business news in context, analysis with attitude

Interesting story in the Financial Times about Netflix, an online DVD rental site that has pretty much had the business to itself since it went into business in 1998. It was a good business, too, with more than 700,000 paying customers since it launched.

Then, a few weeks ago, Netflix got new competition: Wal-Mart.

Netflix’s founder, Reed Hastings, tells the Financial Times "We had been competition-free until Wal-Mart made its entry. So we went from zero competition to competition from the world's largest company." Not only that, but Wal-Mart is pricing its monthly subscription fee at $18.86, more than a buck less than Netflix charges.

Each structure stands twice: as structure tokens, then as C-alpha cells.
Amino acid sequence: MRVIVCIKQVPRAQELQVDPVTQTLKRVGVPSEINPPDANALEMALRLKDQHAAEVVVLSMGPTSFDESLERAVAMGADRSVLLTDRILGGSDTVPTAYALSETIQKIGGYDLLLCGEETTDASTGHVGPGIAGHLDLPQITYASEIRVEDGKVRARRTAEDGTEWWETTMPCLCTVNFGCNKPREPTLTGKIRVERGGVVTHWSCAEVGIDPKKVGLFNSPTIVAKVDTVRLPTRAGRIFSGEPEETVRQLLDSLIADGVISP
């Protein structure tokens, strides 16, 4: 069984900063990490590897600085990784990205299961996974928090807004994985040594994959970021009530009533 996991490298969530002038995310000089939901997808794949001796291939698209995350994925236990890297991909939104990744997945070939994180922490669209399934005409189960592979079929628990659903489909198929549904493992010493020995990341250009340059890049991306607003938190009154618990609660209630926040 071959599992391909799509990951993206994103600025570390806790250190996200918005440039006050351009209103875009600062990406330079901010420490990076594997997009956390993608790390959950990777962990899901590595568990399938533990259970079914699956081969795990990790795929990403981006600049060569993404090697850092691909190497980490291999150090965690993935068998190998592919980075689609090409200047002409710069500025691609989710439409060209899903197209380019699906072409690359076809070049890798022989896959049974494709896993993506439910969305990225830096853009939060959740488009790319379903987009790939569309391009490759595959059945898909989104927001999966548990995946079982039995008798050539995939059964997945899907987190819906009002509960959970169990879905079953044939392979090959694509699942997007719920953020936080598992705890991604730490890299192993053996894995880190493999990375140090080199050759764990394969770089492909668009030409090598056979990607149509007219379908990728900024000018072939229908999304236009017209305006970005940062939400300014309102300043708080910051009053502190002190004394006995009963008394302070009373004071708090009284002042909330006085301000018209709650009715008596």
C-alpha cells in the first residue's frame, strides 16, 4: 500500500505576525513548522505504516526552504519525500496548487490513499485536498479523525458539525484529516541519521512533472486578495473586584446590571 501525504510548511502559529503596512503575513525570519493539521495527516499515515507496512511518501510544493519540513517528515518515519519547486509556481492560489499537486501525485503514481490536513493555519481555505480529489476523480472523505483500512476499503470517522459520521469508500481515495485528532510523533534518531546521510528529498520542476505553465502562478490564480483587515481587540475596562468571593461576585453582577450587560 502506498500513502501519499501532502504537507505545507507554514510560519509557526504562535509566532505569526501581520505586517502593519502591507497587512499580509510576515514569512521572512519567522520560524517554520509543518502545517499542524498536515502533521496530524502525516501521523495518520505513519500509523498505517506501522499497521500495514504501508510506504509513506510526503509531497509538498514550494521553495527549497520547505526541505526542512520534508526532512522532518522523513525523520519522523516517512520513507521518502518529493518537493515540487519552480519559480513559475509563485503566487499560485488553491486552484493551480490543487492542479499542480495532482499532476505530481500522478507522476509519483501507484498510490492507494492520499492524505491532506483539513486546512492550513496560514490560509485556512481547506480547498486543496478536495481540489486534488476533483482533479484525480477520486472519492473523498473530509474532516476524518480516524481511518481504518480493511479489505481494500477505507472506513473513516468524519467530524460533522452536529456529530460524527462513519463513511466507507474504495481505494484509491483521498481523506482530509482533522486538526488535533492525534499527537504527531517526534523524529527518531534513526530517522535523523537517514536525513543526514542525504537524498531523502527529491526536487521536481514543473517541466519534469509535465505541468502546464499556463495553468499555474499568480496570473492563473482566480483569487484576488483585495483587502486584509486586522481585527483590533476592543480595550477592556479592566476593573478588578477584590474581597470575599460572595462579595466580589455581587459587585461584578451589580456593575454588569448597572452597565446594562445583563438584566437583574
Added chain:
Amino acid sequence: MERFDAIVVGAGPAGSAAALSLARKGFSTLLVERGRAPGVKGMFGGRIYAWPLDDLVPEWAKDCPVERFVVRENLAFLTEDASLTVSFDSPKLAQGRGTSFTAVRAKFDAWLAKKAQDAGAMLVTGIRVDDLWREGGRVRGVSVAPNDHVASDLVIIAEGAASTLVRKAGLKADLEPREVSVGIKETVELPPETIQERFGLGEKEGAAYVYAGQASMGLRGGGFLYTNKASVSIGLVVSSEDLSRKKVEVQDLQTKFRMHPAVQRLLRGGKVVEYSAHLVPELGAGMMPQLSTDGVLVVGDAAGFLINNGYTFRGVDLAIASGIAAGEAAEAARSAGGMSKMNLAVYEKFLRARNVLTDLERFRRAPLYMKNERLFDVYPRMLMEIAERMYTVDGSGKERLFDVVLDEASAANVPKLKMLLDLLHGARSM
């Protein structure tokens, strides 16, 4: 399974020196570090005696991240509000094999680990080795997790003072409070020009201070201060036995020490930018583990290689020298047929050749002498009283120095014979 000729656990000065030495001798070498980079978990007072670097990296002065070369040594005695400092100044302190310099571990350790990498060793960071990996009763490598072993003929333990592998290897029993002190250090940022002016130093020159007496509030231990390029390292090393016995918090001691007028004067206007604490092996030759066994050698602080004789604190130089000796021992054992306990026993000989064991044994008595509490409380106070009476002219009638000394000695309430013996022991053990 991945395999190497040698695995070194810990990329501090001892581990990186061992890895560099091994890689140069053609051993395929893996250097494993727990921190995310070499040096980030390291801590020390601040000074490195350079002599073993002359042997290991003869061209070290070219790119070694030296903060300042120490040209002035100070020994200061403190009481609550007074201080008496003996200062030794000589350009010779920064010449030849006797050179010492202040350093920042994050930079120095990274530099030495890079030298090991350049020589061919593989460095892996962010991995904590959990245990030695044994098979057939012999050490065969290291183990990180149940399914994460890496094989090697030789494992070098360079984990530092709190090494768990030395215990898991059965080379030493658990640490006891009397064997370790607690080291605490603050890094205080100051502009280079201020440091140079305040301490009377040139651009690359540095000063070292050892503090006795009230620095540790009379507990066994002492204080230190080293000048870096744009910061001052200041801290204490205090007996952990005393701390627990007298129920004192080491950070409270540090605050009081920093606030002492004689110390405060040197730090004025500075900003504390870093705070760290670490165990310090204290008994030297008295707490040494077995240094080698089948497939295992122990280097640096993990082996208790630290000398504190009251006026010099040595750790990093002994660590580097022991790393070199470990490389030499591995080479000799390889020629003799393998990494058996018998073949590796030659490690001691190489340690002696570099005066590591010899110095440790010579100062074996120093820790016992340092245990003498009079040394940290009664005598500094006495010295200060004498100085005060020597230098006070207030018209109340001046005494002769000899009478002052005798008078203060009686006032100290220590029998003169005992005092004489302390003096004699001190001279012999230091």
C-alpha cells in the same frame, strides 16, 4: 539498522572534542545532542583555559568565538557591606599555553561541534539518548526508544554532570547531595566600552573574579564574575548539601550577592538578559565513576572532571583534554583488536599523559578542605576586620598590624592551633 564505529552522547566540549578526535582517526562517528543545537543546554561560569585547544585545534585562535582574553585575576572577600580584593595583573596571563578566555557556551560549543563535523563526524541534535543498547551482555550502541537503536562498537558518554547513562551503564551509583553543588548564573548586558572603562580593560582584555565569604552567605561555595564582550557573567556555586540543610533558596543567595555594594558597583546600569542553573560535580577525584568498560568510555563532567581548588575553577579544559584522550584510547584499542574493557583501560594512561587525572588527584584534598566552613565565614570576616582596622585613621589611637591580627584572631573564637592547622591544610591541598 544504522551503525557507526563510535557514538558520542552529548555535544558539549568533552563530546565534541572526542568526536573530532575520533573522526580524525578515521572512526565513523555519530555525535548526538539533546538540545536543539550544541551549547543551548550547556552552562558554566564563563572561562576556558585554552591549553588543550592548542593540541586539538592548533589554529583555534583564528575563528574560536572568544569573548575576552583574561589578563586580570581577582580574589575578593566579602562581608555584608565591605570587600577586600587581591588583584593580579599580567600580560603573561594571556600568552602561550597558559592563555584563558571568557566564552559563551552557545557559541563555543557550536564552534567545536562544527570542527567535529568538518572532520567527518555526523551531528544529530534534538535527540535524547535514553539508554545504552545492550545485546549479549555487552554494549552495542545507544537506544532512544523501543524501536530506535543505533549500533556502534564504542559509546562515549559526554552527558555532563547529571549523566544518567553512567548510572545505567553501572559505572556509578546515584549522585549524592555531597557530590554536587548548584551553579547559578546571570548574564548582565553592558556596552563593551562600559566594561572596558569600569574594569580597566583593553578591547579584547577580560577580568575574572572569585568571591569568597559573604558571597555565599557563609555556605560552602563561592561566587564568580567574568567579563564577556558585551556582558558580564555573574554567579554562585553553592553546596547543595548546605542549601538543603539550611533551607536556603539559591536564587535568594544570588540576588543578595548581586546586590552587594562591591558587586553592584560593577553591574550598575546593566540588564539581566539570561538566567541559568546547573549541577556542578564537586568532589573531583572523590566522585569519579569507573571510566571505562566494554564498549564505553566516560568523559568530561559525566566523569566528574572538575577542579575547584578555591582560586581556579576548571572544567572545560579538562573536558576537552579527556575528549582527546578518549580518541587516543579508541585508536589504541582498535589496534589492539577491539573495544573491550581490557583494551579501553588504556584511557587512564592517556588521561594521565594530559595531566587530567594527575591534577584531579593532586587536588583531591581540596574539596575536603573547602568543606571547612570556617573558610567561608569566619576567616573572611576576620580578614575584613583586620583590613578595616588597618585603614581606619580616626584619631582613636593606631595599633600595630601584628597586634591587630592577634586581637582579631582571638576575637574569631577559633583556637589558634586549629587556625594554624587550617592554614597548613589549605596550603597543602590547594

Wal-Mart can afford to make less money than Netflix. It has $217 billion in yearly sales, while Netflix has $207 million in annual revenues.
KC's View:
We mention this for several reasons.

For one thing, traditional food retailers often get a persecution complex about Wal-Mart, and this story proves that it isn’t just the supermarket business that the Bentonville Behemoth wants to dominate.

Wal-Mart wants everything. (Sort of like the pods in “Invasion of the Body Snatchers…)

However, we liked Hastings’ approach to the new competition.

First of all, he says, "With competition and the drama it creates, it attracts more cultural attention, It is catalyzing interest."

(That’s a great approach. Wal-Mart isn’t the enemy. It’s just an interest catalyzer.)

Furthermore, Hastings notes that if Wal-Mart just has its eye on the DVD rental business, it is taking a short-term approach. When video-on-demand finally catches on -- which may be more than decade from now -- Netflix intends to be there.

"We called the company Netflix and not 'DVDs By Mail'," Hastings says. "When it's a big enough market, we will be there."

Love that attitude.